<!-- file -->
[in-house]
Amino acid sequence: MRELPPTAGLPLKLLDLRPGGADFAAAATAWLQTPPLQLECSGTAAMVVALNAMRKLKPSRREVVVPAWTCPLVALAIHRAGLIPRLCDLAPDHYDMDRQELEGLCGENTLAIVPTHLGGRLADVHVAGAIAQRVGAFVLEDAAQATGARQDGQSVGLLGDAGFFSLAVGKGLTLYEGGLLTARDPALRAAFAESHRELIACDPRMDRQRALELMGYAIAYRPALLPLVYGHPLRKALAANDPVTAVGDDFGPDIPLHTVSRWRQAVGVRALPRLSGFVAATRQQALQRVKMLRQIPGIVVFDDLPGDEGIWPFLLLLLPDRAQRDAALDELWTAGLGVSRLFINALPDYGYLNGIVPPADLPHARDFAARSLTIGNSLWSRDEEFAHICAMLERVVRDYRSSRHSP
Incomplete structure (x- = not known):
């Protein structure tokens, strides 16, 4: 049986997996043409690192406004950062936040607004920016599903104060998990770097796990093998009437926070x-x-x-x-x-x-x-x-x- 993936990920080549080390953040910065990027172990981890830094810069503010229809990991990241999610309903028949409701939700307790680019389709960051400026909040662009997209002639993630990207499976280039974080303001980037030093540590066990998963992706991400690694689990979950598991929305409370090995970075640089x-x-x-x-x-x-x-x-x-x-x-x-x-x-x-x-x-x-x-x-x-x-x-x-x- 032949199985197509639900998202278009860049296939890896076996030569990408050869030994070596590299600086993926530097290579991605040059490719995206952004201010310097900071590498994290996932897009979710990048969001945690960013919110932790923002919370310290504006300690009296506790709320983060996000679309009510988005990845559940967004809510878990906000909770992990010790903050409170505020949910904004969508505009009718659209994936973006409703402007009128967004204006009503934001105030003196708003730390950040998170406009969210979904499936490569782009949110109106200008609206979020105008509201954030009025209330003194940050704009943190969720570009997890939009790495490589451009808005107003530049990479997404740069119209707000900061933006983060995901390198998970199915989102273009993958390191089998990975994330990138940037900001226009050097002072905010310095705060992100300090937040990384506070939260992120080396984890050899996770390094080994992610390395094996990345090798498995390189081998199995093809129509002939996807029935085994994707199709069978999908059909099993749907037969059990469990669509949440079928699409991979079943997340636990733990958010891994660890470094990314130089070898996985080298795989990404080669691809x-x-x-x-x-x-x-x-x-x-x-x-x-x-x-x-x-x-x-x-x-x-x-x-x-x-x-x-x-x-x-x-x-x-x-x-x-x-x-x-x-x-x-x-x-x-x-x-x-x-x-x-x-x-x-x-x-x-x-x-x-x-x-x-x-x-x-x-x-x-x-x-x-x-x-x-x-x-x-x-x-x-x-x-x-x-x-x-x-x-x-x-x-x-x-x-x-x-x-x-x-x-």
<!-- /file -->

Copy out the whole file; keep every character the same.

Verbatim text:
[in-house]
Amino acid sequence: MRELPPTAGLPLKLLDLRPGGADFAAAATAWLQTPPLQLECSGTAAMVVALNAMRKLKPSRREVVVPAWTCPLVALAIHRAGLIPRLCDLAPDHYDMDRQELEGLCGENTLAIVPTHLGGRLADVHVAGAIAQRVGAFVLEDAAQATGARQDGQSVGLLGDAGFFSLAVGKGLTLYEGGLLTARDPALRAAFAESHRELIACDPRMDRQRALELMGYAIAYRPALLPLVYGHPLRKALAANDPVTAVGDDFGPDIPLHTVSRWRQAVGVRALPRLSGFVAATRQQALQRVKMLRQIPGIVVFDDLPGDEGIWPFLLLLLPDRAQRDAALDELWTAGLGVSRLFINALPDYGYLNGIVPPADLPHARDFAARSLTIGNSLWSRDEEFAHICAMLERVVRDYRSSRHSP
Incomplete structure (x- = not known):
């Protein structure tokens, strides 16, 4: 049986997996043409690192406004950062936040607004920016599903104060998990770097796990093998009437926070x-x-x-x-x-x-x-x-x- 993936990920080549080390953040910065990027172990981890830094810069503010229809990991990241999610309903028949409701939700307790680019389709960051400026909040662009997209002639993630990207499976280039974080303001980037030093540590066990998963992706991400690694689990979950598991929305409370090995970075640089x-x-x-x-x-x-x-x-x-x-x-x-x-x-x-x-x-x-x-x-x-x-x-x-x- 032949199985197509639900998202278009860049296939890896076996030569990408050869030994070596590299600086993926530097290579991605040059490719995206952004201010310097900071590498994290996932897009979710990048969001945690960013919110932790923002919370310290504006300690009296506790709320983060996000679309009510988005990845559940967004809510878990906000909770992990010790903050409170505020949910904004969508505009009718659209994936973006409703402007009128967004204006009503934001105030003196708003730390950040998170406009969210979904499936490569782009949110109106200008609206979020105008509201954030009025209330003194940050704009943190969720570009997890939009790495490589451009808005107003530049990479997404740069119209707000900061933006983060995901390198998970199915989102273009993958390191089998990975994330990138940037900001226009050097002072905010310095705060992100300090937040990384506070939260992120080396984890050899996770390094080994992610390395094996990345090798498995390189081998199995093809129509002939996807029935085994994707199709069978999908059909099993749907037969059990469990669509949440079928699409991979079943997340636990733990958010891994660890470094990314130089070898996985080298795989990404080669691809x-x-x-x-x-x-x-x-x-x-x-x-x-x-x-x-x-x-x-x-x-x-x-x-x-x-x-x-x-x-x-x-x-x-x-x-x-x-x-x-x-x-x-x-x-x-x-x-x-x-x-x-x-x-x-x-x-x-x-x-x-x-x-x-x-x-x-x-x-x-x-x-x-x-x-x-x-x-x-x-x-x-x-x-x-x-x-x-x-x-x-x-x-x-x-x-x-x-x-x-x-x-």